Use AI To Visualize Organ Transplant Waitlist Size

This blog post shows how to use AI, like ChatGPT, to visualize organ transplant waitlist size by state. At the end of the post I’ll have created a data visualization to display the number of candidates that are currently on the organ transplant waitlist for all organs ordered from highest to lowest using ChatGPT.

This data from this blog post and report shows OPTN data for Waitlist : Count, Organ by Waiting Time, State of Center through December 7, 2023. OPTN Data is updated on a monthly basis.

Normally, there are two routes I’d take to get this data into a chart. The first would be the reusable method of taking the raw data set, manipulate it into a more simple format, load the data into a database, write an API then write a HighCharts front end to display the data. The other would be to use a tool like everviz, or Tableau if the data was a one off and I didn’t want to reuse it again for other similar data sets.

This time I just wanted to throw the data at AI to see what would happen and if it would be less or more work to get the data into a visualization.

Organ Transplant Waitlist Candidates by State
Final chart created by ChatGPT

Using the OPTN – Build advanced tool, I generated table showing what the current number of registrations and candidates are on organ transplant waitlists for each state in the United States (As of December 7th 2023). My goal is to tell which states had the most candidates on their respective organ transplant waitlists. This information is available using the OPTN tool, however the output is difficult to consumer and compare as it’s multiple large tables stacked on top of each other and the results are alphabetical without any ability to sort the results. Putting the data into a chart would be more clear to end users who are using the data.

I downloaded the full results and I asked ChatGPT to create a visualization of the current number of registrations and candidates on the waitlist for each state ordered by highest to lowest. Here’s how I used AI to visualize organ transplant waitlist size in the United States.

My first attempt was to upload the entire downloaded report right into ChatGPT to see if the system could figure out the visualizations without much of a prompt. ChatGPT wasn’t able to break apart the data and process it as you can see from the prompt history below:

This was a pretty hopeful experiment and with minimal prompting ChatGPT didn’t know how to parse out this large file. With more prompting and hand-holding I think I could have gotten the system to generate a visualization I wanted, working with AI systems is a process to get where we want to go.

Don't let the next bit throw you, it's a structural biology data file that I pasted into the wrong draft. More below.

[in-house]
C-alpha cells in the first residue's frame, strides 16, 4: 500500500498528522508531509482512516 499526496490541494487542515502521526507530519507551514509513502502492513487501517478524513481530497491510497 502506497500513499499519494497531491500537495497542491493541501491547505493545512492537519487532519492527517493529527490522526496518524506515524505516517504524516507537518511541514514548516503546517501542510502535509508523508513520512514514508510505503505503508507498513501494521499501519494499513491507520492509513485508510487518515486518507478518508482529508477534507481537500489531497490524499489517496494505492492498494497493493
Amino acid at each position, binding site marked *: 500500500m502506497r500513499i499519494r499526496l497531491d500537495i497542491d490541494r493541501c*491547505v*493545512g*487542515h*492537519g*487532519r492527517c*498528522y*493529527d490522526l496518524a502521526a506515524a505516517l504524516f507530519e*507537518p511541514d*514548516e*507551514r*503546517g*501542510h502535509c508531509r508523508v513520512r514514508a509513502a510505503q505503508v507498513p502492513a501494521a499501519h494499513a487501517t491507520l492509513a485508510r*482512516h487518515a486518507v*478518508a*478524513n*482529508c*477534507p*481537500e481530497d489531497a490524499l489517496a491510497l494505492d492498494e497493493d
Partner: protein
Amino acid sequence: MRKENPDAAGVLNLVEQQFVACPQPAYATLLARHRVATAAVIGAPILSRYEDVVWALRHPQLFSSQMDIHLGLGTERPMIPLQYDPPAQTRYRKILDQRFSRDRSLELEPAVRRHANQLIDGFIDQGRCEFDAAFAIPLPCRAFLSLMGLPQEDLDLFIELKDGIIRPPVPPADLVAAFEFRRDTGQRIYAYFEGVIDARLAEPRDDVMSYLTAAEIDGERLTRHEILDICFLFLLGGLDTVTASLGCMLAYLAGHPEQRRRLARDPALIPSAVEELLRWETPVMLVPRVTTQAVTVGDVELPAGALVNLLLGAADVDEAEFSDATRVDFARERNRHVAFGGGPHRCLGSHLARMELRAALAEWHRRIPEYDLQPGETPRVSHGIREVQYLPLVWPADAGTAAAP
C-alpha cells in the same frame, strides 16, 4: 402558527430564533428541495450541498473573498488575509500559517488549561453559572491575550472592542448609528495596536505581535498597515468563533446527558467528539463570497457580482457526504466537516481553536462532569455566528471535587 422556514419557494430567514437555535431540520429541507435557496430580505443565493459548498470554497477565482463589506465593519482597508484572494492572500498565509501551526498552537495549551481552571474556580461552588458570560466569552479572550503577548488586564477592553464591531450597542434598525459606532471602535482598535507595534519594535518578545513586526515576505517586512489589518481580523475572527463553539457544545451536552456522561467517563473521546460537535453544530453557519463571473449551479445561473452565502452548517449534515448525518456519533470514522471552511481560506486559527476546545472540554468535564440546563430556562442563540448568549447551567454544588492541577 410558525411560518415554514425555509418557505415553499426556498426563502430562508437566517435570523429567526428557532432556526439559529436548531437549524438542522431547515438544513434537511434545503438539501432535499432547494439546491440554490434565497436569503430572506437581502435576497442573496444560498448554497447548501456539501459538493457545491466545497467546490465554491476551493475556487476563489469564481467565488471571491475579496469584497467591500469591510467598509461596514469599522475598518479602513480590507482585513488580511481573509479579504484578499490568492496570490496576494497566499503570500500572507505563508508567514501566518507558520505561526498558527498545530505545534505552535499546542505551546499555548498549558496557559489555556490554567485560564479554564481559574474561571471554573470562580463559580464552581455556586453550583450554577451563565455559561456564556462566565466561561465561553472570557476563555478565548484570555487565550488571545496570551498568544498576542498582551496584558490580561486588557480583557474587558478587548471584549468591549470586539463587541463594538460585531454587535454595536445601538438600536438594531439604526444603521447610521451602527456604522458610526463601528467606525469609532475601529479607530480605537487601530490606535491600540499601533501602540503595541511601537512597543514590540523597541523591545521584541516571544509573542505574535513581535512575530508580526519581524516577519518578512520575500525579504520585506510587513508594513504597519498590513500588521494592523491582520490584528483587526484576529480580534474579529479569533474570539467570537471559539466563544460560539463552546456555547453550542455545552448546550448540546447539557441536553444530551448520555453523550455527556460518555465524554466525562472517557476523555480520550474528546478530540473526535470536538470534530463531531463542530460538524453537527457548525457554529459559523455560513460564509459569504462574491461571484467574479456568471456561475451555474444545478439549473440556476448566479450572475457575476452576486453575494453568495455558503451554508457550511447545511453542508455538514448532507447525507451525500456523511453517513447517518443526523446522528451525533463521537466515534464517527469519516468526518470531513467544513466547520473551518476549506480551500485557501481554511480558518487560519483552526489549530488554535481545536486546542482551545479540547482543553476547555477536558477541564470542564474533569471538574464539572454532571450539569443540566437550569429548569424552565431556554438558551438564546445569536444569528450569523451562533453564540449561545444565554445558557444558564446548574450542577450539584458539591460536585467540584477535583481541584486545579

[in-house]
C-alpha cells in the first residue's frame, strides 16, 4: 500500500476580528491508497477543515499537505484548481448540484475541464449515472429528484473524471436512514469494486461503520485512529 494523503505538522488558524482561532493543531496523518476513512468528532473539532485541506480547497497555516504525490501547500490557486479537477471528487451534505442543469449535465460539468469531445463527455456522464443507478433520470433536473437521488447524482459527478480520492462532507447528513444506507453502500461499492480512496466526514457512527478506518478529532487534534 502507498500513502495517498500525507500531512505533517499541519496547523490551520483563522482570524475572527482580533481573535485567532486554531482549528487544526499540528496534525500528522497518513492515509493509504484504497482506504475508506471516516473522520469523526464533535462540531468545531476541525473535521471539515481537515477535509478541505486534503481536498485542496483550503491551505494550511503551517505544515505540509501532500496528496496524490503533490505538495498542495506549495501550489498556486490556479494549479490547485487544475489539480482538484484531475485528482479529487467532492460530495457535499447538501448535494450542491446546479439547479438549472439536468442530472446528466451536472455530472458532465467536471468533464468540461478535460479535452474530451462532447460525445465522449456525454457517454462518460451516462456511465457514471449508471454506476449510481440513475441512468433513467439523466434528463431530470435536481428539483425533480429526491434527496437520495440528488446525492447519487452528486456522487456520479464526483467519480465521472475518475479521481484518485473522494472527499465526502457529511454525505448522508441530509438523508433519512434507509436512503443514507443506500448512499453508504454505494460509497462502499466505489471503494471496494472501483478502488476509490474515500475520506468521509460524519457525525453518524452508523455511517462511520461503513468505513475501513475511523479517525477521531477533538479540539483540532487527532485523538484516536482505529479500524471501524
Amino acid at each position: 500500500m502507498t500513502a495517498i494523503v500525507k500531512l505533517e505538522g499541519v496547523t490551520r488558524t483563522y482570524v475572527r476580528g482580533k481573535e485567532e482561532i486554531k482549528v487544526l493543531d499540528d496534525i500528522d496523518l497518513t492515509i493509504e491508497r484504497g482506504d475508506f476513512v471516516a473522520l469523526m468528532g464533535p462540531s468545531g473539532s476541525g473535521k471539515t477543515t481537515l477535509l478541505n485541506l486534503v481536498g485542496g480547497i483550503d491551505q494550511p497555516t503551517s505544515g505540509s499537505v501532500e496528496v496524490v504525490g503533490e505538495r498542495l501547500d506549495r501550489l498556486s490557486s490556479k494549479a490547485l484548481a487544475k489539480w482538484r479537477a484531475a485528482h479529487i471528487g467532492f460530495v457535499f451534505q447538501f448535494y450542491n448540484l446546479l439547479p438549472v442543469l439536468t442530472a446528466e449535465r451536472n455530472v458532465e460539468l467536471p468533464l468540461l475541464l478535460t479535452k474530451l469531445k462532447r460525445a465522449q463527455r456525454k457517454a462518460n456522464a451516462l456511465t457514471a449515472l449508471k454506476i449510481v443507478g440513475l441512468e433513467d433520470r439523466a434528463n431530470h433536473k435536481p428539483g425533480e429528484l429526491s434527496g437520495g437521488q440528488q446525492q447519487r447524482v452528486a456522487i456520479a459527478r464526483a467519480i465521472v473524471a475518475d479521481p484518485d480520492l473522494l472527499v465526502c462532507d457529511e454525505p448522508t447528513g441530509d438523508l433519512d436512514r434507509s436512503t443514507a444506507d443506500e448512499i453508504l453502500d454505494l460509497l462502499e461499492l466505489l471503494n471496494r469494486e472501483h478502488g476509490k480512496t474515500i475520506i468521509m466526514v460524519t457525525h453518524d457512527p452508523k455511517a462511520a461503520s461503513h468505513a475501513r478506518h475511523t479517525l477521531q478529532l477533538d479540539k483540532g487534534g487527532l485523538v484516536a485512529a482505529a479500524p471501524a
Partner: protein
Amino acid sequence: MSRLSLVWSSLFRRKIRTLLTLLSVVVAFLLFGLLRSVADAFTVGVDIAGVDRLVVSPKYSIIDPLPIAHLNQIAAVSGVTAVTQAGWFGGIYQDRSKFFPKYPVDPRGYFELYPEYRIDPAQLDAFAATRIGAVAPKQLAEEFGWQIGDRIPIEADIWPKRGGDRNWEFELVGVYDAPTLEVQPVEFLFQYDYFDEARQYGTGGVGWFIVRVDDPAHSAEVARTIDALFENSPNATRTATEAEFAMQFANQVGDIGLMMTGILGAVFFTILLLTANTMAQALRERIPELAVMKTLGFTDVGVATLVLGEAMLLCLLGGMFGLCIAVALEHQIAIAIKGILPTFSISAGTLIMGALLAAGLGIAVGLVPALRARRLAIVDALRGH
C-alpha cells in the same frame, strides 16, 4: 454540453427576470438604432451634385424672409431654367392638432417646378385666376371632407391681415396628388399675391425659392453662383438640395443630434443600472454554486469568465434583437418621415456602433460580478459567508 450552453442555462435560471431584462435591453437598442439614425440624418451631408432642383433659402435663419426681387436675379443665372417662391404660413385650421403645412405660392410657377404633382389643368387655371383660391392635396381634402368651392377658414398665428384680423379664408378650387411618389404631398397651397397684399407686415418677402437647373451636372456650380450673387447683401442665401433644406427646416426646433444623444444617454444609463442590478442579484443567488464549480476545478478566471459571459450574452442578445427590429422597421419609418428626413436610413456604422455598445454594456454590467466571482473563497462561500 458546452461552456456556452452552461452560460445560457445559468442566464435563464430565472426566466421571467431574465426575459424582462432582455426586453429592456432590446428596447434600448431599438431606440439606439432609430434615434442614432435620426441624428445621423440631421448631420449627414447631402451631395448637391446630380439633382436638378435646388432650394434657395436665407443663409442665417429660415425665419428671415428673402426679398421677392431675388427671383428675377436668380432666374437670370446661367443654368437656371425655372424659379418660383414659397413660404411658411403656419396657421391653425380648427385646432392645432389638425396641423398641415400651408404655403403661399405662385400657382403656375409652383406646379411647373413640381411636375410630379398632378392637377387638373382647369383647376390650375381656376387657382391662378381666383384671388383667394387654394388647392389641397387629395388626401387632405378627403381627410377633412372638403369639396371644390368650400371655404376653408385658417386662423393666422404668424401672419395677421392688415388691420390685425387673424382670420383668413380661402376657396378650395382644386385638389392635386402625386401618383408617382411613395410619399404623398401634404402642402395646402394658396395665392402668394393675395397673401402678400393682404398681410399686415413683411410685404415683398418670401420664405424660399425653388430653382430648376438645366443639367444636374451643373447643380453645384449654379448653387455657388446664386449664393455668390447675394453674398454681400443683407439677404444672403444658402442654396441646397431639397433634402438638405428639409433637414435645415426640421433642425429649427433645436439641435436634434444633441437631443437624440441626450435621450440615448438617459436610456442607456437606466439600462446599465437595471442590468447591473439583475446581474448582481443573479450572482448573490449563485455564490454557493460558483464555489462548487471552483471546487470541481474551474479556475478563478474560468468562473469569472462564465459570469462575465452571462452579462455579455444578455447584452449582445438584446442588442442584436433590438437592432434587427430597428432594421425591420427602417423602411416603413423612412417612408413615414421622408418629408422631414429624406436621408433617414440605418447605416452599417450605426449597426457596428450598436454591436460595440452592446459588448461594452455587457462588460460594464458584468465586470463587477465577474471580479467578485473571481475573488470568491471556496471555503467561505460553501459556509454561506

On the next prompt I updated the file by removing the time frame breakdown and fixed the headers that were not exported to the CSV correctly and tried again. I also gave more direction of what was contained inside the file to help ChatGPT parse the file.

Organ Transplant Waitlist Registrations by State

This time I got results that were much better. Putting the data in a simpler format along with some more context really helped the system understand what the data was and how to come to the outcome that I was looking for. Next, let’s see this by candidates:

Organ Transplant Waitlist Candidates by State

This actually looks pretty good, but I know North Dakota has 117 records in this particular file but the chart looks like there isn’t a value. To be sure what the count was for each state, I prompted ChatGTP to show the results for each state at the end of the bar.

Yep, confirmed that the data is not correct. I didn’t dig into which columns or data was being returned but I did ask ChatGPT the question.

The system returned the updated chart below. This was pretty amazing given I didn’t prompt the system much but it was enough that the error was corrected and the correct data was returned.

Awesome, now just update the numeric formatting and I think it’s good to go.

Organ Transplant Waitlist Candidates by State

What’s even cooler about this process it that each time ChatGPT creates a chart image, it also gives you the code the system used to create the chart. Here is an example of the Python code used to create the final image. You’d need to know Python and what dependent libraries to use to implement this into a fully functioning program, but this is a great start.

# Creating the bar chart for candidates with numeric formatting for numbers over 999

plt.figure(figsize=(15, 10))
barplot_formatted = sns.barplot(x='Candidates', y='State', data=sorted_by_candidates_all_organs, palette="mako")

# Adding the number of candidates with numeric formatting at the top of each bar
for p in barplot_formatted.patches:
    width = p.get_width()    # Get the width of the bar
    label = f'{int(width):,}'  # The label text with numeric formatting
    plt.text(p.get_width(), p.get_y() + p.get_height() / 2, label, va='center')

plt.title('Organ Transplant Waitlist Candidates (All Organs) by State', fontsize=16)
plt.xlabel('Total Candidates (All Organs)', fontsize=14)
plt.ylabel('State', fontsize=14)

# Display the plot

In the end this entire process took about 10 minutes and delivered the graphic that I was looking for, which is pretty impressive if all you have is a spreadsheet and need to output a graphic. It’s not a beautiful interactive design, but it’s an informative data set that can be used on the fly without the need for a development staff to create.

There are a few downsides to this method, like we only see a graphic, there is no interactivity available to the end user and to modify the display a new image needs to be generated. To achieve that we’d need to wire the data up to a interactive charting library like HighCharts or D3. But this example shows the power AI has to be a valuable tool for healthcare staff and researchers without a deep technical bench.

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